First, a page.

Saturday, October 24, 2015

The "not all disabilities are visible" thing, from the other side.

I'm a pretty happy and healthy person, but I've got a little thing that trips me up sometimes, and it's hard to manage it without looking like a baby.  Or a weirdo.  Or a crazy person.  Most of us understand that something like depression, or bipolar, or OCD can be incredibly disruptive to one's routine and can be a big issue for a college student.  But there are disorders that still get mocked, that are maybe not so difficult to live with, but are harder to explain.  And I am just as guilty as anyone else when it comes to being cynical about disabilities (which is extra shameful for me because my son is autistic so I should know better).

I have sensory processing disorder.  I am picky about the chalk I use because if it makes a certain sound, or feels a certain way in my hands, or against the board, it makes me sick.  I usually keep a cache in the car so I can't get stuck using undesirable chalk.

This sounds ridiculous, right?  But it's real.

I got caught without my chalk one day last week.

Fortunately, it wasn't for one of my science classes, it was for a First Year Experience lecture, so there were no equations to share, no problems to model, no major content to put on the board.  We were going to be discussing things and doing group work.  I did, however, plan to put the homework on the board.

I was able to write the chapter numbers on the board, and then I paused and pretended I needed to decide between two things.  I tried to regroup, I put the date next, then had to close my eyes, because sometimes that helps.  I closed my eyes and attempted to write a word (just to see if I could do it at all with my eyes closed) and it didn't matter whether or not I could write with my eyes closed; I couldn't write with that chalk.  I gagged and had to step out of the room.  I think they think I'm pregnant now.  I stood in the hall doubled over, and in a low squat, with my shoulders hunched up to my ears and my hands grasping my knee caps.  When the horrible feeling left my knees I had to stick my fingers in my ears until it went away.  I was swallowing hard with my eyes clenched tight and finally it passed.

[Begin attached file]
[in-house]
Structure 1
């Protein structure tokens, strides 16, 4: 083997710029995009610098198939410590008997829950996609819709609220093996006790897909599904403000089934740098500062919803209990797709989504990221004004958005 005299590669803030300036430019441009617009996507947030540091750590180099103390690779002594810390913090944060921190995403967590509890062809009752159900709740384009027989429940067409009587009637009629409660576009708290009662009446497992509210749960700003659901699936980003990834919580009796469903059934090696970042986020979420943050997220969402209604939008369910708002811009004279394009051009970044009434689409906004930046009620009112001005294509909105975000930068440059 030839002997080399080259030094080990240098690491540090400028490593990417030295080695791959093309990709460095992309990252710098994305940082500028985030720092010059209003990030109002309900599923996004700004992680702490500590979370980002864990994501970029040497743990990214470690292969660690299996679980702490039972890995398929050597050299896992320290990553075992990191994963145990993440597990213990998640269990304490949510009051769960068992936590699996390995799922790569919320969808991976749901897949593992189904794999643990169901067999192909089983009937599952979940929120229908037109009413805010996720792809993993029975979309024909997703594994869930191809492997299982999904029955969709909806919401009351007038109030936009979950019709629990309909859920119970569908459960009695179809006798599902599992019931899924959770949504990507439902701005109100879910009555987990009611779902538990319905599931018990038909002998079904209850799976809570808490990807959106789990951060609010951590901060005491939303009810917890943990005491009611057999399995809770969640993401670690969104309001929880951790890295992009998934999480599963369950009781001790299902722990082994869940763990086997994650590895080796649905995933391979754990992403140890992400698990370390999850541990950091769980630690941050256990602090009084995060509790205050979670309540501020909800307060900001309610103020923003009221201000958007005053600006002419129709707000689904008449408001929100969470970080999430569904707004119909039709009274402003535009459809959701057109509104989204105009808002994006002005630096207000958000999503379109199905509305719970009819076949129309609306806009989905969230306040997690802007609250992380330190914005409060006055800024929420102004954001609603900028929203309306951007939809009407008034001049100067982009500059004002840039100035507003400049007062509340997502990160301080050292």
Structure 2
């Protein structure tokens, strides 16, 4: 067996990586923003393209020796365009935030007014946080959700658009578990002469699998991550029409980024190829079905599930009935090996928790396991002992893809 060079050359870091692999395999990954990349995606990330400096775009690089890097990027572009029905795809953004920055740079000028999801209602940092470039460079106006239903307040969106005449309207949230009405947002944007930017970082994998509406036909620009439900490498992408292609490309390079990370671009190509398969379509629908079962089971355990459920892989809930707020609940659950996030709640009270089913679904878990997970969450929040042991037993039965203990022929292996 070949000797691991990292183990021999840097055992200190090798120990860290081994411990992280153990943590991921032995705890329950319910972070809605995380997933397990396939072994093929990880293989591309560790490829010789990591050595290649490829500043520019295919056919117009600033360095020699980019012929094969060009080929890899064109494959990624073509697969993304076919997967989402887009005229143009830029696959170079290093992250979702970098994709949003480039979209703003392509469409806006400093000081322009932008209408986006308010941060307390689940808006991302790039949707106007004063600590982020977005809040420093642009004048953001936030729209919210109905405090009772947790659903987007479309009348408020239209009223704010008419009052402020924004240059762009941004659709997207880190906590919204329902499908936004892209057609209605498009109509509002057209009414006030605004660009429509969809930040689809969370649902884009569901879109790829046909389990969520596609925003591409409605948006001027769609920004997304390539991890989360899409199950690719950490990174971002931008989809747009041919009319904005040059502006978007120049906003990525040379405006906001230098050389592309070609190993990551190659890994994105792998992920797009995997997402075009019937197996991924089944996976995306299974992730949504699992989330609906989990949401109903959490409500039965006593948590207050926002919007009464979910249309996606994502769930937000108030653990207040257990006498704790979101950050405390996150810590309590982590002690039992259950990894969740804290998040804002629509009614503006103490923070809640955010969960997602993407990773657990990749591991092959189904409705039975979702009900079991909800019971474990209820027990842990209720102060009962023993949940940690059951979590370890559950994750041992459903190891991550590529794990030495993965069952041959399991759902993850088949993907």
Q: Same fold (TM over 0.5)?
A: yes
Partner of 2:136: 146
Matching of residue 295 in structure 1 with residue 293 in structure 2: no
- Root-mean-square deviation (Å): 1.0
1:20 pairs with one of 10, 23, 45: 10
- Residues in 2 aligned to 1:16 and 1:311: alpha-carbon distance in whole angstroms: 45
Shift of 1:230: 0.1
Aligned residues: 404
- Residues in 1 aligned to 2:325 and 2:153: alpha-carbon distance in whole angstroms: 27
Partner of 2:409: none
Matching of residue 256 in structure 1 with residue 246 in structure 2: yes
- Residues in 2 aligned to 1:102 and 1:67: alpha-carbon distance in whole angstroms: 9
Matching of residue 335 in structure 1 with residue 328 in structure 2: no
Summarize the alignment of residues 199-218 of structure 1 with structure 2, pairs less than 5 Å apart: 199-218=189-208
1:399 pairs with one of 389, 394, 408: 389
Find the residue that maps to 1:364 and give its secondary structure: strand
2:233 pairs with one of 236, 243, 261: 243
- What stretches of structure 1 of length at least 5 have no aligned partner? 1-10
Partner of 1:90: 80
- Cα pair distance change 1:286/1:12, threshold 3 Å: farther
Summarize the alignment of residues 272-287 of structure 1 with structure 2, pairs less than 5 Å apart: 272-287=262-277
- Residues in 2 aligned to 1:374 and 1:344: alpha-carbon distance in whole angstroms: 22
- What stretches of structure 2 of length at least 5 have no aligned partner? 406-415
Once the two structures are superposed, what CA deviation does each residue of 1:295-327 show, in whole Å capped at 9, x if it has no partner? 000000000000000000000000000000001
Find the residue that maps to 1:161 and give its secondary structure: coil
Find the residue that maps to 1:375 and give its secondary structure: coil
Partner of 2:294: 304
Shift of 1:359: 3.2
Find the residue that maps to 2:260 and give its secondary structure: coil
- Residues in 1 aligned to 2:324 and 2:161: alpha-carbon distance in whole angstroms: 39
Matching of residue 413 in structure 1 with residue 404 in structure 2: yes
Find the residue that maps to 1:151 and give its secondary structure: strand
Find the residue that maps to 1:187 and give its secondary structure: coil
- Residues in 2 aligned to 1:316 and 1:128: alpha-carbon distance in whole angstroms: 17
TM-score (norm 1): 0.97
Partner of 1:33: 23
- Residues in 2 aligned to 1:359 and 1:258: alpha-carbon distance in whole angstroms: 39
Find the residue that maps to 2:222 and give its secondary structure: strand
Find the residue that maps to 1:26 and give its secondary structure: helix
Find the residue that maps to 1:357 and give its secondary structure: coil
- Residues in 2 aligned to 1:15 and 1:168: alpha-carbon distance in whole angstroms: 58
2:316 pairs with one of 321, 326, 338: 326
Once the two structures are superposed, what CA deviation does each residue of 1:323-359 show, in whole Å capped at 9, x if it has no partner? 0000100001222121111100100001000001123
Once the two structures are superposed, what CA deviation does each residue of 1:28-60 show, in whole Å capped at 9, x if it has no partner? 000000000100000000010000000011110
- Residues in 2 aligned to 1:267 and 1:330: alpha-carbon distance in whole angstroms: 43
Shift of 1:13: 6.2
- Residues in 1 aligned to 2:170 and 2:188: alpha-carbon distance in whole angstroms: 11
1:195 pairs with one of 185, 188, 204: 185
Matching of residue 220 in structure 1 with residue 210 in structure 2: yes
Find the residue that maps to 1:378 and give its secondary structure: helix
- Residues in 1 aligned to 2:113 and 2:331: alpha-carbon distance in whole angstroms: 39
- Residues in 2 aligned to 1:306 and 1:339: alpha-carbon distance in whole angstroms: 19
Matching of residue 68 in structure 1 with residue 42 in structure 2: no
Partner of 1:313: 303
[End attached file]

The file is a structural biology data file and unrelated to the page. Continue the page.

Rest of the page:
Then I went back inside and said we shouldn't waste the last nice day of fall stuck in a classroom and let them go 20 minutes early.

I just wanted to share that in case you ever wonder if you're being suckered by a student with a dubious diagnosis.

Oh - and that's the graphic because I couldn't find any images of a wombat with an invisible disability, but if any poorly dressed middle aged man were to hug me back to comfort, it would be Bruce Springsteen.  


  1. Ugh, sorry.
    Raises an interesting point, though: I have, in the past, wondered somewhat vehemently at what seemed like lax and permissive behavior by instructors that could, indeed, have been self-protective responses to less visible disabilities and frailties.
    I should know better, probably.

  2. I think they think I'm pregnant now.

    Or that you had the stomach flu (wait for a spate of excuses from students who "caught" it from you).

    I'm not fond of the feel of chalk on my hands, and will wash them as soon as possible if I have to use the stuff (rare these days), but luckily (and it really is a matter of luck/chance; a couple of other things suggest that I may be somewhere toward the farther end of the normal range that leads toward sensory processing disorder) my discomfort stays at a manageable level. I'm glad you can find chalk that solves the problem, also invisibly (most of the time). I hope you have a good large stock of the stuff, just in case the company ever goes out of business, they change the formula, or whatever. Sounds like it would be a worthwhile investment.

  3. That sounds awful but sounds like you dealt with it as well as you could.
    Would having a student write be an option, or does the sound still bother you? You could come up with some excuse about carpal tunnel or just not bother...